Basic Knowledge and Tips For the Home Vegetable Gardener

I get asked all the time what three things someone should absolutely have to know when it comes to home vegetable gardening. Without a pause I say know your soil`s pH level, understand how much water your plants really need, and become an expert in composting. These three items will help you understand and build a better environment for your vegetables.

Soil pH

If you don’t remember from your most recent chemistry class that you have taken, then let me give you a basic reminder course of what the pH level is. The pH level is the means to measure how acidic something (whatever you are measuring) is. The scale goes from 0 to 14 where anything less than 7 on the scale is considered acidic and anything over 7 is classified as alkaline. If you get a reading of exactly 7 then that is considered neutral. Many plants thrive in various pH levels. For instance some species of potatoes love the soil to be acidic, where as broccoli grows much better in soil that is as close to neutral as possible. Test the pH level of your soil by first purchasing a soil testing kit available from any home or garden center near you. They cost about a few bucks and are worth their weight in gold. Once you have your readings of various locations in your garden, you can then mark the areas where plants will do better and/or adjust the pH levels of your soil based on the test kit`s recommendation. Invest in a pH soil test kit. You won`t regret it.

Watering

A lot of newcomers to home vegetable gardening get into a bad habit of over watering their plants. They pull the hose out, turn the water on and let loose until the ground is completely drenched regardless of plant species and locations. They go back to their gardens the following night and notice that some of the leaves on some of the plants have turned yellow and even slightly brown, so they fire up the water hose and again drench the soil. The problem here is not enough water, it is too much water. When you water a plant too much you also wash away valuable nutrients the plant needs such as nitrogen. Too much water can also leave to an increase of fungus development and root rot. Follow the instructions on the seed packets to ensure that you are not falling victim to this brutal endless cycle.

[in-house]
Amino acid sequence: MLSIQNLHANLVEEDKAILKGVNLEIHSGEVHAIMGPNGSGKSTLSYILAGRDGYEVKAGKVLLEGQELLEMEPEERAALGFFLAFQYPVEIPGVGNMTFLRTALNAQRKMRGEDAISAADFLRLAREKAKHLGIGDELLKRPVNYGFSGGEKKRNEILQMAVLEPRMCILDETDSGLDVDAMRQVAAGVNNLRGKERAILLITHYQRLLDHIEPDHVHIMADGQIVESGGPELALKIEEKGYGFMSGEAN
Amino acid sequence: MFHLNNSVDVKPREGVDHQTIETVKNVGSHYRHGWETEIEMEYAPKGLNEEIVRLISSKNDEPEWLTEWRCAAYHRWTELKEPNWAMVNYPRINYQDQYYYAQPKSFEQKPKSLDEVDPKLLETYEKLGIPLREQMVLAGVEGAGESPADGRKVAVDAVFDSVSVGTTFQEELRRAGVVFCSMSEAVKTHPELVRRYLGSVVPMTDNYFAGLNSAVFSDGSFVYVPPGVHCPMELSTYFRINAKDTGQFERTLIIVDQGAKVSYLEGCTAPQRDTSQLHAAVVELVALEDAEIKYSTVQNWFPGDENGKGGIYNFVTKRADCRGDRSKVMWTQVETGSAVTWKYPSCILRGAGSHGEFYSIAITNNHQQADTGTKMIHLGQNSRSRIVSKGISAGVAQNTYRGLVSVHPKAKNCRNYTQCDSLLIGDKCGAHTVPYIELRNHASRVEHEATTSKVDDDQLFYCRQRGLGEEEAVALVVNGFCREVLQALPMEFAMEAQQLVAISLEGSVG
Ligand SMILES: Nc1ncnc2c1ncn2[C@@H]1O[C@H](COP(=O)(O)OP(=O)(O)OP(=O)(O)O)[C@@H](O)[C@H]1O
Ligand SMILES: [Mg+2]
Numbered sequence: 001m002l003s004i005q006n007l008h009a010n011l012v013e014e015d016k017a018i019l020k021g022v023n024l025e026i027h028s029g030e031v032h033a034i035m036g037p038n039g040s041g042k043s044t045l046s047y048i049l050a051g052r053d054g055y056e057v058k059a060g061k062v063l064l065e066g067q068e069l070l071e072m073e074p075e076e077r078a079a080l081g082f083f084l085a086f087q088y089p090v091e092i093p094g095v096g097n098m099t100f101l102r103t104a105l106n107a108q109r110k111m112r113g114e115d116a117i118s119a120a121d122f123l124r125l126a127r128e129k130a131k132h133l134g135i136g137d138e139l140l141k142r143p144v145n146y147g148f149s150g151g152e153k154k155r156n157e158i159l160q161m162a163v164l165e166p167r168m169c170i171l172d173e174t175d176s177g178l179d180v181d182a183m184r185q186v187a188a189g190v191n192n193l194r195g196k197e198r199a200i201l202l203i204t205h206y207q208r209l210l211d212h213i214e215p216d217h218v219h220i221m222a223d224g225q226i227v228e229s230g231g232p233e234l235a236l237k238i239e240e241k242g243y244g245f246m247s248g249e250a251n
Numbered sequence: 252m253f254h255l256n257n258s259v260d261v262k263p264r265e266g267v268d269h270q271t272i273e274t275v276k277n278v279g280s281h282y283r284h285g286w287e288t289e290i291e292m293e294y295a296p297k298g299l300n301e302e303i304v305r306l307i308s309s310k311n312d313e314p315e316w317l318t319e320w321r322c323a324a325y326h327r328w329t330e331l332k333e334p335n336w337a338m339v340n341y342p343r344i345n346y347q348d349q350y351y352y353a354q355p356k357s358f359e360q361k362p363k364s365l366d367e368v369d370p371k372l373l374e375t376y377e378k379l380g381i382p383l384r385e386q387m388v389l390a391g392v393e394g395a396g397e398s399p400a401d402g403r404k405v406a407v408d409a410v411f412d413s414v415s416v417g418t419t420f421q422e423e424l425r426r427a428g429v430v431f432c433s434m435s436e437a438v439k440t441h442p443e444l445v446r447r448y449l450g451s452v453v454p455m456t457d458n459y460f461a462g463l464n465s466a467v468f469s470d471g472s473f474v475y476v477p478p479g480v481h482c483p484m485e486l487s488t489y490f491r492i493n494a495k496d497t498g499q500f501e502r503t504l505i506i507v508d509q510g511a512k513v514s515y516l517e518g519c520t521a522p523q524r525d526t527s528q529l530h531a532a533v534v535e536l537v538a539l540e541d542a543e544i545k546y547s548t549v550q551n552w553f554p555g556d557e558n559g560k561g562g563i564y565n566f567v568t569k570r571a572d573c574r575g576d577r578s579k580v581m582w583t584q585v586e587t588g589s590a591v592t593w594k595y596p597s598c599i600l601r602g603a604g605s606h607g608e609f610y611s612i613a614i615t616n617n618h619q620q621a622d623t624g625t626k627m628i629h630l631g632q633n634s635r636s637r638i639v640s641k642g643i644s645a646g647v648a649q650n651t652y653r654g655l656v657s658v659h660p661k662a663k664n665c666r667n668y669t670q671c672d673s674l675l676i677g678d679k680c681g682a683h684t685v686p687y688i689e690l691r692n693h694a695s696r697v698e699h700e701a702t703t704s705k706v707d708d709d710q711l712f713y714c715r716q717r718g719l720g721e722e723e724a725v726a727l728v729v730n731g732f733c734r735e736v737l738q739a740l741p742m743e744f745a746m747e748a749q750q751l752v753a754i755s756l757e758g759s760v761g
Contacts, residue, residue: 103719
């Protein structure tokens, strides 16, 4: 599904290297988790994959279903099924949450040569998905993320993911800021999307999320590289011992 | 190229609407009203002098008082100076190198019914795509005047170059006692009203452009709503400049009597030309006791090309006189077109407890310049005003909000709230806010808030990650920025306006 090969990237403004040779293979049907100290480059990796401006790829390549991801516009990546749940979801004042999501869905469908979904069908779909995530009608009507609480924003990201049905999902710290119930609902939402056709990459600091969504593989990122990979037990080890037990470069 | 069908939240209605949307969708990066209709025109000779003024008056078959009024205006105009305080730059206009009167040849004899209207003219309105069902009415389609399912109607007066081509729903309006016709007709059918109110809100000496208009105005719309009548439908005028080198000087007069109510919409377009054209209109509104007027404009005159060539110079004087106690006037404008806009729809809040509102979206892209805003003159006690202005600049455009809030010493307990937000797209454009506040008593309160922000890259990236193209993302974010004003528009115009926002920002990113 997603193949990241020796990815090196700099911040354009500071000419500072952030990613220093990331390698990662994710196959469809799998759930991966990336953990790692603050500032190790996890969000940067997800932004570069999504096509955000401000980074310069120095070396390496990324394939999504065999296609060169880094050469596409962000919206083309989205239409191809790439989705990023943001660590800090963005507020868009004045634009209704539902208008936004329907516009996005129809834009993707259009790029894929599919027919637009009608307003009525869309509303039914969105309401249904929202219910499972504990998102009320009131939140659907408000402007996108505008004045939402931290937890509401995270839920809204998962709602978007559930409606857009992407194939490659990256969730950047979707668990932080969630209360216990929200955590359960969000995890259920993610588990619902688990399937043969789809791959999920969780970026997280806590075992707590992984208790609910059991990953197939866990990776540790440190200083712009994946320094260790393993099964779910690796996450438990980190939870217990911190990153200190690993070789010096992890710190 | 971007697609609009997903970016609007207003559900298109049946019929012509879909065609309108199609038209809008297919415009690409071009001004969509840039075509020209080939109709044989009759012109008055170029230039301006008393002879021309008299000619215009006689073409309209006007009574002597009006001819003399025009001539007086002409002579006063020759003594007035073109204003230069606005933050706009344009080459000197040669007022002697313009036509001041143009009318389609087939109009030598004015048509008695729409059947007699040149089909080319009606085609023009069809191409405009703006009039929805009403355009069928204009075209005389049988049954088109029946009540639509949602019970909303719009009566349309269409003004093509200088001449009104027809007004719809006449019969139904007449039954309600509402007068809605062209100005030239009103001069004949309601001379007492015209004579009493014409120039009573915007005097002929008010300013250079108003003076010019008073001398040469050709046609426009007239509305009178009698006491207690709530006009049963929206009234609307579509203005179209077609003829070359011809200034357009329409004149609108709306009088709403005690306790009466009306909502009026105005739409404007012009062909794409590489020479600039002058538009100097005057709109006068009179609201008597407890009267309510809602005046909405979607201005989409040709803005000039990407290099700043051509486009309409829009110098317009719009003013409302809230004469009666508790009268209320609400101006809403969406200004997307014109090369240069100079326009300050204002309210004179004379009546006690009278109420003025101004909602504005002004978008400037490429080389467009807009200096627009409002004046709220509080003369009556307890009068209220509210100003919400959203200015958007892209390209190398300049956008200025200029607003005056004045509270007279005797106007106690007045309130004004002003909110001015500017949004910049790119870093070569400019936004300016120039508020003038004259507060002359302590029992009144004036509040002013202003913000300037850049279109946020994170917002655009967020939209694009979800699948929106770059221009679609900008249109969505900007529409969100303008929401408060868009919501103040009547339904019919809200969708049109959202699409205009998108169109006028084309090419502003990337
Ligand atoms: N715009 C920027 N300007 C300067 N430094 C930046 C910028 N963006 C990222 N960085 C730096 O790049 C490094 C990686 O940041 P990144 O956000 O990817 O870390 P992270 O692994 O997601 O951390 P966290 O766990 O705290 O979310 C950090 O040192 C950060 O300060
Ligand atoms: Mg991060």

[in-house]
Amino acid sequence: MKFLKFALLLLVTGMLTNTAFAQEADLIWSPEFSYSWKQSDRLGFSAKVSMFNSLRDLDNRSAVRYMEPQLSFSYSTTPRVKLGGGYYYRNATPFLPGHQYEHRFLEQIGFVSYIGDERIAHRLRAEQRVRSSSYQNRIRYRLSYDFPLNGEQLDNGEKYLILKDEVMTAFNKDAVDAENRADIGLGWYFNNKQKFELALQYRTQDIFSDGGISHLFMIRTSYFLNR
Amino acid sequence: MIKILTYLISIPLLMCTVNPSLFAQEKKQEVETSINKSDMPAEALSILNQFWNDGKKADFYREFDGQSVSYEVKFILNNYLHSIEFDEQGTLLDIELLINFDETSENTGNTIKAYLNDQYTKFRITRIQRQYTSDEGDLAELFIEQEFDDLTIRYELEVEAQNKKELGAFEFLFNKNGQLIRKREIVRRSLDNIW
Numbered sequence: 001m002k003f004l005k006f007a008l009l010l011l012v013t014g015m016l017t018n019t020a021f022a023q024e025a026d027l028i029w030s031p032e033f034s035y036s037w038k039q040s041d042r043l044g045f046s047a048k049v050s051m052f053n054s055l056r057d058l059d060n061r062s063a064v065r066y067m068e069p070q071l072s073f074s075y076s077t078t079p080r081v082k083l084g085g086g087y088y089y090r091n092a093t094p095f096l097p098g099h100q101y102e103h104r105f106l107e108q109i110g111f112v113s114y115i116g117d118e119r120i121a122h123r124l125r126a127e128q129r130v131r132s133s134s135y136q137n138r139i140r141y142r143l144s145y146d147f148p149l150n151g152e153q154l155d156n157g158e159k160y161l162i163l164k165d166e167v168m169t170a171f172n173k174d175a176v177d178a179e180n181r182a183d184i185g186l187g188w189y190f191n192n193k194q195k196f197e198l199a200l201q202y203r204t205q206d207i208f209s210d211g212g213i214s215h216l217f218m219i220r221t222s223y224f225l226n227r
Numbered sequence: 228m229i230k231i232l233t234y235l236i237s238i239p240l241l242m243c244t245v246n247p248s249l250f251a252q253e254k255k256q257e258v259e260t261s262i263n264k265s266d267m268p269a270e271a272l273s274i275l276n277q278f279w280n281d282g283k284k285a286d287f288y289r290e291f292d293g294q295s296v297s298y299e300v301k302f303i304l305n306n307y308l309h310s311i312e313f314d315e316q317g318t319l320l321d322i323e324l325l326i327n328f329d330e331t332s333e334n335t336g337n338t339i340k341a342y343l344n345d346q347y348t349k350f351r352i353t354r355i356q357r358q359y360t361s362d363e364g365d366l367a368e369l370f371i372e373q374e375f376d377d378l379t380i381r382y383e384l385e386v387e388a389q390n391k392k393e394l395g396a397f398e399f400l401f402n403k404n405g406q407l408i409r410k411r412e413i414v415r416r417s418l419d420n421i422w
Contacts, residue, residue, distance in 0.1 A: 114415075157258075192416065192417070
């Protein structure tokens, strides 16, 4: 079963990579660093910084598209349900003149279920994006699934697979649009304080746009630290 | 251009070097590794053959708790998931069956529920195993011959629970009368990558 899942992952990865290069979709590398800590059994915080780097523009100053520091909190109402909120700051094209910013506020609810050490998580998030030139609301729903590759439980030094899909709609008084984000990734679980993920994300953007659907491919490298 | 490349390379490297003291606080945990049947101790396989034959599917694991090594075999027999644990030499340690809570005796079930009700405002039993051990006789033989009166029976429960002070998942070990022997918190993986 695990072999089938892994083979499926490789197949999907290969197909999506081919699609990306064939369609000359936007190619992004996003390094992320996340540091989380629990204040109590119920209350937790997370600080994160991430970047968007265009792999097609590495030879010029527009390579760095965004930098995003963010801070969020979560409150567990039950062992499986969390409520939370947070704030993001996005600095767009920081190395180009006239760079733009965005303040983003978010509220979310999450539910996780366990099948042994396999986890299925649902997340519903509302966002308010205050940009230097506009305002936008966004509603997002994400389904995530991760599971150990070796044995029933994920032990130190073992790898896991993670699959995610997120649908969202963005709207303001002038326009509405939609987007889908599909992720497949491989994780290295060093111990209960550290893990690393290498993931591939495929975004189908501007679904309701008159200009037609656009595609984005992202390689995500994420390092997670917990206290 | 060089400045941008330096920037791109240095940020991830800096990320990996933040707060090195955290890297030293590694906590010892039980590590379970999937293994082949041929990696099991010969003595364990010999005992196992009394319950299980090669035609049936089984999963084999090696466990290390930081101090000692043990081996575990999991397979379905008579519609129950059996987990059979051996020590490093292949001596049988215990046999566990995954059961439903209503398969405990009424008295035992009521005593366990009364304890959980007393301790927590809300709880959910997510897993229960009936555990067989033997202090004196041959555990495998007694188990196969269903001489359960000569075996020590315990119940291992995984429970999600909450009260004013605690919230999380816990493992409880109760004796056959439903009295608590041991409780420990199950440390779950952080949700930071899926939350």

Composting

Nothing gets nutrients to your plants faster then good old fashioned compost. Compost is the end result of organic matter breaking down. It can be anything from your grass clippings to your left over dinner from last night. Once completely broken down, you can mix this compost in with the soil or simply rake it in over top your top soil and let nature carry it to the lower depths via rain fall or when you water your plants. A good constant supply of compost throughout the year will do wonders for your home vegetable garden, the soil it grows in and the plants you choose to grow there.

As you can see these three items affect every home vegetable gardener whether they grow everything in their backyard or in pots on their back patio. Mastering all three will tremendously improve your harvests and length of growing seasons.